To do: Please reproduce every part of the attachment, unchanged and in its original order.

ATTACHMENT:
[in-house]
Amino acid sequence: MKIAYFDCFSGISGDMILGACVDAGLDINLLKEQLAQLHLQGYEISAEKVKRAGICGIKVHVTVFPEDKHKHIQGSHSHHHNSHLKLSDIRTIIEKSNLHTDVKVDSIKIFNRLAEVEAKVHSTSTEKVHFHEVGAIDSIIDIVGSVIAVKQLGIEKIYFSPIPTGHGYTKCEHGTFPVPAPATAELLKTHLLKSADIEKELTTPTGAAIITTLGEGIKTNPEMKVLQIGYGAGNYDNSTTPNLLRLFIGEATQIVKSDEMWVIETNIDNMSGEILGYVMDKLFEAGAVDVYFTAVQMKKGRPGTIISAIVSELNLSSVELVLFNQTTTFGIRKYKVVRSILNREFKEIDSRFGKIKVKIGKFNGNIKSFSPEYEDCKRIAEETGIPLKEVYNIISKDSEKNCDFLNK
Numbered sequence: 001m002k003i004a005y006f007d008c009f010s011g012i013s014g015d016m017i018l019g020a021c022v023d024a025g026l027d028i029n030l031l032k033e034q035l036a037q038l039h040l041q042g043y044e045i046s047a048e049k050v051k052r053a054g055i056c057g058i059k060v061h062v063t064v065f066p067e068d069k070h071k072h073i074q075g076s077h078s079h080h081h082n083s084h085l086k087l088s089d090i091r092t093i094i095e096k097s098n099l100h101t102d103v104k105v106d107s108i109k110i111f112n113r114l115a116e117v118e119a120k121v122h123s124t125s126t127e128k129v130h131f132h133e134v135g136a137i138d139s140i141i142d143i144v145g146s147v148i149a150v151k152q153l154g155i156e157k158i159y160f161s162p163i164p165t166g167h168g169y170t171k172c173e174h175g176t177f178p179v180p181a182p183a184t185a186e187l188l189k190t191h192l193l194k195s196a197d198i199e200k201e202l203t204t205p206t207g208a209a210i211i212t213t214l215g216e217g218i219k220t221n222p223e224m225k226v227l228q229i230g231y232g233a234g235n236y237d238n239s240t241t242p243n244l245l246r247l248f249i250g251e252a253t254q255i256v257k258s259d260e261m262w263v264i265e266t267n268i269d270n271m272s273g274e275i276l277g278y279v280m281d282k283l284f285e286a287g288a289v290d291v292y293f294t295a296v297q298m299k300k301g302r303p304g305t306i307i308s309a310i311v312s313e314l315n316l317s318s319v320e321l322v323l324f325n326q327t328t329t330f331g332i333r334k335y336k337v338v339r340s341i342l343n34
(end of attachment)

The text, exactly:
[in-house]
Amino acid sequence: MKIAYFDCFSGISGDMILGACVDAGLDINLLKEQLAQLHLQGYEISAEKVKRAGICGIKVHVTVFPEDKHKHIQGSHSHHHNSHLKLSDIRTIIEKSNLHTDVKVDSIKIFNRLAEVEAKVHSTSTEKVHFHEVGAIDSIIDIVGSVIAVKQLGIEKIYFSPIPTGHGYTKCEHGTFPVPAPATAELLKTHLLKSADIEKELTTPTGAAIITTLGEGIKTNPEMKVLQIGYGAGNYDNSTTPNLLRLFIGEATQIVKSDEMWVIETNIDNMSGEILGYVMDKLFEAGAVDVYFTAVQMKKGRPGTIISAIVSELNLSSVELVLFNQTTTFGIRKYKVVRSILNREFKEIDSRFGKIKVKIGKFNGNIKSFSPEYEDCKRIAEETGIPLKEVYNIISKDSEKNCDFLNK
Numbered sequence: 001m002k003i004a005y006f007d008c009f010s011g012i013s014g015d016m017i018l019g020a021c022v023d024a025g026l027d028i029n030l031l032k033e034q035l036a037q038l039h040l041q042g043y044e045i046s047a048e049k050v051k052r053a054g055i056c057g058i059k060v061h062v063t064v065f066p067e068d069k070h071k072h073i074q075g076s077h078s079h080h081h082n083s084h085l086k087l088s089d090i091r092t093i094i095e096k097s098n099l100h101t102d103v104k105v106d107s108i109k110i111f112n113r114l115a116e117v118e119a120k121v122h123s124t125s126t127e128k129v130h131f132h133e134v135g136a137i138d139s140i141i142d143i144v145g146s147v148i149a150v151k152q153l154g155i156e157k158i159y160f161s162p163i164p165t166g167h168g169y170t171k172c173e174h175g176t177f178p179v180p181a182p183a184t185a186e187l188l189k190t191h192l193l194k195s196a197d198i199e200k201e202l203t204t205p206t207g208a209a210i211i212t213t214l215g216e217g218i219k220t221n222p223e224m225k226v227l228q229i230g231y232g233a234g235n236y237d238n239s240t241t242p243n244l245l246r247l248f249i250g251e252a253t254q255i256v257k258s259d260e261m262w263v264i265e266t267n268i269d270n271m272s273g274e275i276l277g278y279v280m281d282k283l284f285e286a287g288a289v290d291v292y293f294t295a296v297q298m299k300k301g302r303p304g305t306i307i308s309a310i311v312s313e314l315n316l317s318s319v320e321l322v323l324f325n326q327t328t329t330f331g332i333r334k335y336k337v338v339r340s341i342l343n34